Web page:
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Classroom Pivotal Response Teaching: Teacher Training Outcomes Of A Community Efficacy Trial

Jessica Suhrheinrich, Sarah R. Rieth, Kelsey S. Dickson, Scott Roesch, Aubyn C. Stahmer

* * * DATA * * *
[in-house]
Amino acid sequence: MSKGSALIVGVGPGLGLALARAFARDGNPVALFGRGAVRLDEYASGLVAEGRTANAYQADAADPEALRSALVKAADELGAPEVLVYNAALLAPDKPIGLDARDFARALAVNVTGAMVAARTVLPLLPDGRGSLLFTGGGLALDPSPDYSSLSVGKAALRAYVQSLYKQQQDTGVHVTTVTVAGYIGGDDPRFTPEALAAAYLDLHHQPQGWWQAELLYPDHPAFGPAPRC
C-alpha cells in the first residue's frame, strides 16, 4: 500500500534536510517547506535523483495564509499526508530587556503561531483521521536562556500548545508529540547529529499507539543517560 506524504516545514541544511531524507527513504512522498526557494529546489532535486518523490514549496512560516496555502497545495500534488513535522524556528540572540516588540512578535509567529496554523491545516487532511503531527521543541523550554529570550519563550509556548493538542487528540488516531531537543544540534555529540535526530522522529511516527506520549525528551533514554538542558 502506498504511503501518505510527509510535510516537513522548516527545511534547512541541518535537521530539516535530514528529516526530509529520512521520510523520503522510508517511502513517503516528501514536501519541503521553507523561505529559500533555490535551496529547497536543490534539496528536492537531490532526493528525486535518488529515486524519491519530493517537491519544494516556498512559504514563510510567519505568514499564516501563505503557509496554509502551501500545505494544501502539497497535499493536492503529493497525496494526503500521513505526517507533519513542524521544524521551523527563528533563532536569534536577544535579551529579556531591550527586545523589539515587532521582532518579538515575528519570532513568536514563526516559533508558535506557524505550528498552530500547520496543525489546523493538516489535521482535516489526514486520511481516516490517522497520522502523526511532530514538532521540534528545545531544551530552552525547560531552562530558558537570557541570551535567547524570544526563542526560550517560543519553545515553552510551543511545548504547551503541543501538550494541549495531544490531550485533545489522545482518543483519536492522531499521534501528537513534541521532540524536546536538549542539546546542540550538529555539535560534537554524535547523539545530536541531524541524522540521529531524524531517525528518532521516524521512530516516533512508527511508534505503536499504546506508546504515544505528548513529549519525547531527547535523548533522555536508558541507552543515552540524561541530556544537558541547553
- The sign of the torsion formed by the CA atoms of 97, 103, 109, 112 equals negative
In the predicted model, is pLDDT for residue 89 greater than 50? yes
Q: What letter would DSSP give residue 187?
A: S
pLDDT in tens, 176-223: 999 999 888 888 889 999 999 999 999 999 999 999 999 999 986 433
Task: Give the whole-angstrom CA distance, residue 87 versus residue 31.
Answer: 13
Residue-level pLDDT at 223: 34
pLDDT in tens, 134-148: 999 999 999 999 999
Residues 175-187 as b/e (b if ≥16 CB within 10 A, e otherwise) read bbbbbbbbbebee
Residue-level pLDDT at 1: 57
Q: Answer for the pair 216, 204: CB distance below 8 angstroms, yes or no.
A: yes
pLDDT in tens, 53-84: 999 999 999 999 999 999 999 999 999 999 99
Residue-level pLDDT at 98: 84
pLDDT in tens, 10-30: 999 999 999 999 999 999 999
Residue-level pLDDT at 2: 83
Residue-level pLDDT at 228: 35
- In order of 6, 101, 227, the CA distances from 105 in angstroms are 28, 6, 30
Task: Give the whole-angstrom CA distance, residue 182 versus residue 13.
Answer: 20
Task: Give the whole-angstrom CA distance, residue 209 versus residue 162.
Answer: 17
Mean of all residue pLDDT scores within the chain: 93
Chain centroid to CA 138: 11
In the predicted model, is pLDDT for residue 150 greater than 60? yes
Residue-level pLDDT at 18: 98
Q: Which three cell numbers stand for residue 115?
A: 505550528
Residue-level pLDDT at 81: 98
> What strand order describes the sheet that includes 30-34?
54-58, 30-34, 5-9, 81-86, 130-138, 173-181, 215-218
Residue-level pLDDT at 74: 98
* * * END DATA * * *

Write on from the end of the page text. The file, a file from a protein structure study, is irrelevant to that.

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Classroom Pivotal Response Teaching (CPRT) is a naturalistic behavioral intervention for students with autism spectrum disorder (ASD) that was systematically adapted for teacher use. In this study, the authors evaluate outcomes of a large randomized trial training teachers ( n = 126) to use CPRT. Training involved 12 hours of small group sessions and additional 1:1 coaching in each teacher’s classroom. Overall, CPRT fidelity was significantly higher at the end of the training year relative to the observation year ( B = 0.24, p = .001) and teachers report using CPRT an average of 47 minutes per day. Moderator analyses indicate that training, teacher, and classroom- and school-level characteristics affected CPRT fidelity. Teachers report high overall satisfaction ( M = 4.37, SD = 0.45; 1-5 Likert-type scale) and confidence in their ability to use CPRT with their students ( M = 4.2, SD = 0.57). In this study, the authors indicate the acceptability and feasibility of the CPRT training protocol and adds to the limited number of school-based randomized controlled trials (RCTs) evaluating interventions for students with ASD.